The link below is to an article that looks at persecution of Christians in the USA and puts it in perspective.
The link below is to an article that takes a quick look at Brunei, from a Christian perspective.
For more visit:
This will be a lesson I should have learnt some time ago, but seemingly forgot. It’s a really simple lesson really, though apparently easily forgotten. Simply put – don’t over commit at work. Certainly, work to the appropriate level, not denying that – just don’t over do it. What I mean is, putting in a heap of extra hours doesn’t do your health any good – physically, mentally, etc. So keep the job in perspective and in balance with the rest of life.
My greatest achievement from a purely human perspective would be gaining the top jobs in my chosen field of work – not that they are necessarily the greatest tasks a person has ever had. In the areas in which I have chosen to work and in the two different companies I have now had the top jobs in both. I have been content with that.
The ‘International Burn a Quran Day’ drama that has been played out in the United States in the weeks running up to the 9th anniversary of the 9/11 terrorist attacks has sparked of outrage around the world. I have been tempted to post some thoughts on this for several days and I have now decided to do so. The three links below are to articles dealing with the story in the United States as published at The Christian Post. These are meant to show some of the thoughts on this subject being broadcast (I do not necessarily agree with everything in them).
I cannot see anything positive being gained by the burning of Qurans on any particular day from a Christian perspective. The only thing that would be achieved is to create further tension between Christians and Muslims, and between the West and Islam. I believe it would only achieve an increase in hostility towards the West and Christianity in particular. There would certainly be no profit gained as far as winning Muslims over to Christianity through such actions, only a further wedge between the two religions.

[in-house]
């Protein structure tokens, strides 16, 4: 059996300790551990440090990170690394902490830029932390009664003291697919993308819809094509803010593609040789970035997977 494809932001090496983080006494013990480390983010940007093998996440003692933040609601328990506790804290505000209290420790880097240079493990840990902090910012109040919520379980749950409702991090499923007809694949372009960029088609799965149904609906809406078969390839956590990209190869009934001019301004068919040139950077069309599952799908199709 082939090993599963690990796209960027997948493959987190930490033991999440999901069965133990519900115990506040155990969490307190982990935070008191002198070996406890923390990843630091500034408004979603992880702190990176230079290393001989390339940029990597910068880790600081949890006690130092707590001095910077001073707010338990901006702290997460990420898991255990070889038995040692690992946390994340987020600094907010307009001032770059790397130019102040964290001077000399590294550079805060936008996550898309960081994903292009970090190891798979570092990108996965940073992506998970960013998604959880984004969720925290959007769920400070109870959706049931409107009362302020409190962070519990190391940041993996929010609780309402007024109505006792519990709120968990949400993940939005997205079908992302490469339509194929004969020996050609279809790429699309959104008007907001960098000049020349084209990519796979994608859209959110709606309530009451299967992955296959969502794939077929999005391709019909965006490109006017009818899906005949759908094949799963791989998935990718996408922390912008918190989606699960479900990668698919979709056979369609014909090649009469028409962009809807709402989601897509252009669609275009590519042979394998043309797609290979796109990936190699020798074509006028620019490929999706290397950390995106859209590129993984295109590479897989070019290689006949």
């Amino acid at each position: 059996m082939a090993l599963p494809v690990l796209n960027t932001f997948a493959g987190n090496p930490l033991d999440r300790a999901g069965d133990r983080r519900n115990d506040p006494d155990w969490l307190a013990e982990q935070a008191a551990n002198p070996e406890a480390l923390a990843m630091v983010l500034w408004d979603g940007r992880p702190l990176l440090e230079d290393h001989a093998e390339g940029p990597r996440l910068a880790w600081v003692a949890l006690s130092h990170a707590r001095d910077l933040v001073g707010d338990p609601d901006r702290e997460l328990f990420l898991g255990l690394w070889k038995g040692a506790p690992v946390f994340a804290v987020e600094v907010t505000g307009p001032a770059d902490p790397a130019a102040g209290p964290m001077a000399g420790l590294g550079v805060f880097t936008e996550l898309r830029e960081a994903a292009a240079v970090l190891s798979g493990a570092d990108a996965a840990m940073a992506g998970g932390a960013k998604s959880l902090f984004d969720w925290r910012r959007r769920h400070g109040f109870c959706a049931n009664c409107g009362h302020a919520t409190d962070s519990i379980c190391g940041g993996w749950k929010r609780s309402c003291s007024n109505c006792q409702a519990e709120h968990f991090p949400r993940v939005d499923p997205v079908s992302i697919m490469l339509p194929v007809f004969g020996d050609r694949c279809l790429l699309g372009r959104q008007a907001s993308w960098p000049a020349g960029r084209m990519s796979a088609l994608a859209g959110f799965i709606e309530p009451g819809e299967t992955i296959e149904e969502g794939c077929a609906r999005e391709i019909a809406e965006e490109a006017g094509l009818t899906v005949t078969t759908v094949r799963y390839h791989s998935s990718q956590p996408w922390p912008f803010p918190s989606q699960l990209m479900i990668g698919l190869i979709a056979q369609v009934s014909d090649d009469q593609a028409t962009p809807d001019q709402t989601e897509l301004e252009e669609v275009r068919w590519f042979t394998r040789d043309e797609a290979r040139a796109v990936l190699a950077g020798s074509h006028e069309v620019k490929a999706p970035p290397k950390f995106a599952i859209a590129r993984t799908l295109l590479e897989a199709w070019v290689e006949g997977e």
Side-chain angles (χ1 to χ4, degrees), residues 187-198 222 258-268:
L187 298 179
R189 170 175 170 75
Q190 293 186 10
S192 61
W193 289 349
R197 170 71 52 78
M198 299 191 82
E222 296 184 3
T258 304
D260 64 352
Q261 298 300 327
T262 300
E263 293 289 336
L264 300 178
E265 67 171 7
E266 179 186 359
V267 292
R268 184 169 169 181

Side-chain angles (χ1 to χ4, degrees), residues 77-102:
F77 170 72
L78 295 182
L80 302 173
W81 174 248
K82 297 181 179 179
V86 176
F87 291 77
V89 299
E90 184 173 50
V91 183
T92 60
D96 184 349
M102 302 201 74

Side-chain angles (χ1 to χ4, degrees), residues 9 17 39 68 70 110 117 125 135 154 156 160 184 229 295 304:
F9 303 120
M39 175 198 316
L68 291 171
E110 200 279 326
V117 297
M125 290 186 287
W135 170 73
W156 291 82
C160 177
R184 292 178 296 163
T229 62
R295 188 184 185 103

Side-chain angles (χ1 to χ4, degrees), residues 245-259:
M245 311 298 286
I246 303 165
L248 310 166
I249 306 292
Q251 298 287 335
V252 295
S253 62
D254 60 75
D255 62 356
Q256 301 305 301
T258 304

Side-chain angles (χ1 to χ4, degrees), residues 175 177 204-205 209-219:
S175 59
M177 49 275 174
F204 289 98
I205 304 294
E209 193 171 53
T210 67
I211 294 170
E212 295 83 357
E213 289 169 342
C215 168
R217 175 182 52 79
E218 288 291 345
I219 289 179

Having said the above, I do find it hypocritical of many in Islamic circles and countries, who have no problem in burning Bibles and persecuting Christians. When the shoe is on the other foot they like to whine about being hard done by and being discriminated against. The evidence is clear, as presented in the many articles on this Blog, that Islamists are constantly burning Bibles, destroying places of Christian worship and persecuting Christians even to death. Please spare me the self-righteous outrage of Islamists – they are hypocrites.
Again, I do not wish to condemn all Muslims in the above comments relating to Islamic extremists. Not all Muslims behave in the same manner and there are many who find it foolish and wrong to burn Bibles, destroy places of Christian worship and persecute Christians. However, there is a growing scourge that is Islamic extremism.
I believe in freedom of religion, as much for Muslims as for Christians. Quite obviously as a Christian I believe that Christianity is the right religion and I make no apologies for that. I expect Muslims would say the same thing about Islam and they are free to say so. Why would you believe it if you stand by it? One day we will all need to give an account of our positions, but that is neither to me nor to any Muslim.
I also believe that both faiths have a right to non-violent missionary activity, without the forceful coercion of others to adopt their position. Where we stand before God is where we stand before God and it is to him that we must give an account.
I have no problem with a mosque being built in the same suburb as me – though I would expect that extremism would be stamped out should it break the laws of the land. I do however think it is insensitive to build a mosque close by the scene of one of the greatest acts of murder known in modern day history, which was perpetrated by Islamic extremists. Surely commonsense and decency needs to prevail here. Sure, it may be OK in the land of the free and all of that sort of thing, but have some regard for the many thousands of people who still suffer grief over the evil that was committed 9 hears ago.
Anyhow, just a few thoughts.
The mentally and morally “unfit” should be sterilized, Professor David Marsland, a sociologist and health expert, said this weekend. The professor made the remarks on the BBC radio program Iconoclasts, which advertises itself as the place to “think the unthinkable,” reports Hilary White, LifeSiteNews.com.
Pro-life advocates and disability rights campaigners have responded by saying that Marsland’s proposed system is a straightforward throwback to the coercive eugenics practices of the past.